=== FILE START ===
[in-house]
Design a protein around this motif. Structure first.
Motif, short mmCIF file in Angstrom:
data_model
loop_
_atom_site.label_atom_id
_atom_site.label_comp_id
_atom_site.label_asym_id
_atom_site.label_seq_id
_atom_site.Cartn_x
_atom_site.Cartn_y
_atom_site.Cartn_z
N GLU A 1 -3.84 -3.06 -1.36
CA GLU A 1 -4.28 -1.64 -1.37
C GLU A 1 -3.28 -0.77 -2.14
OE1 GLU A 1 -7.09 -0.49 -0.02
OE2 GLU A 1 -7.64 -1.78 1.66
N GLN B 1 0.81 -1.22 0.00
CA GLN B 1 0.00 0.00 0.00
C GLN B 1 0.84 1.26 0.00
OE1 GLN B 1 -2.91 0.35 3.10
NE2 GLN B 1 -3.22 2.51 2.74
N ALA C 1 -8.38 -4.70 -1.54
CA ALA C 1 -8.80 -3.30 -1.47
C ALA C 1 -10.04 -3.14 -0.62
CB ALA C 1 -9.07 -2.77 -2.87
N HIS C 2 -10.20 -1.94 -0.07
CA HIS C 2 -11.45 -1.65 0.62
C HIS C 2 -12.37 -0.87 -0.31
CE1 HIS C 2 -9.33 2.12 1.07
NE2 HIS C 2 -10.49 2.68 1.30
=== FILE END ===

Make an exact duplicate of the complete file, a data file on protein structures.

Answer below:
[in-house]
Design a protein around this motif. Structure first.
Motif, short mmCIF file in Angstrom:
data_model
loop_
_atom_site.label_atom_id
_atom_site.label_comp_id
_atom_site.label_asym_id
_atom_site.label_seq_id
_atom_site.Cartn_x
_atom_site.Cartn_y
_atom_site.Cartn_z
N GLU A 1 -3.84 -3.06 -1.36
CA GLU A 1 -4.28 -1.64 -1.37
C GLU A 1 -3.28 -0.77 -2.14
OE1 GLU A 1 -7.09 -0.49 -0.02
OE2 GLU A 1 -7.64 -1.78 1.66
N GLN B 1 0.81 -1.22 0.00
CA GLN B 1 0.00 0.00 0.00
C GLN B 1 0.84 1.26 0.00
OE1 GLN B 1 -2.91 0.35 3.10
NE2 GLN B 1 -3.22 2.51 2.74
N ALA C 1 -8.38 -4.70 -1.54
CA ALA C 1 -8.80 -3.30 -1.47
C ALA C 1 -10.04 -3.14 -0.62
CB ALA C 1 -9.07 -2.77 -2.87
N HIS C 2 -10.20 -1.94 -0.07
CA HIS C 2 -11.45 -1.65 0.62
C HIS C 2 -12.37 -0.87 -0.31
CE1 HIS C 2 -9.33 2.12 1.07
NE2 HIS C 2 -10.49 2.68 1.30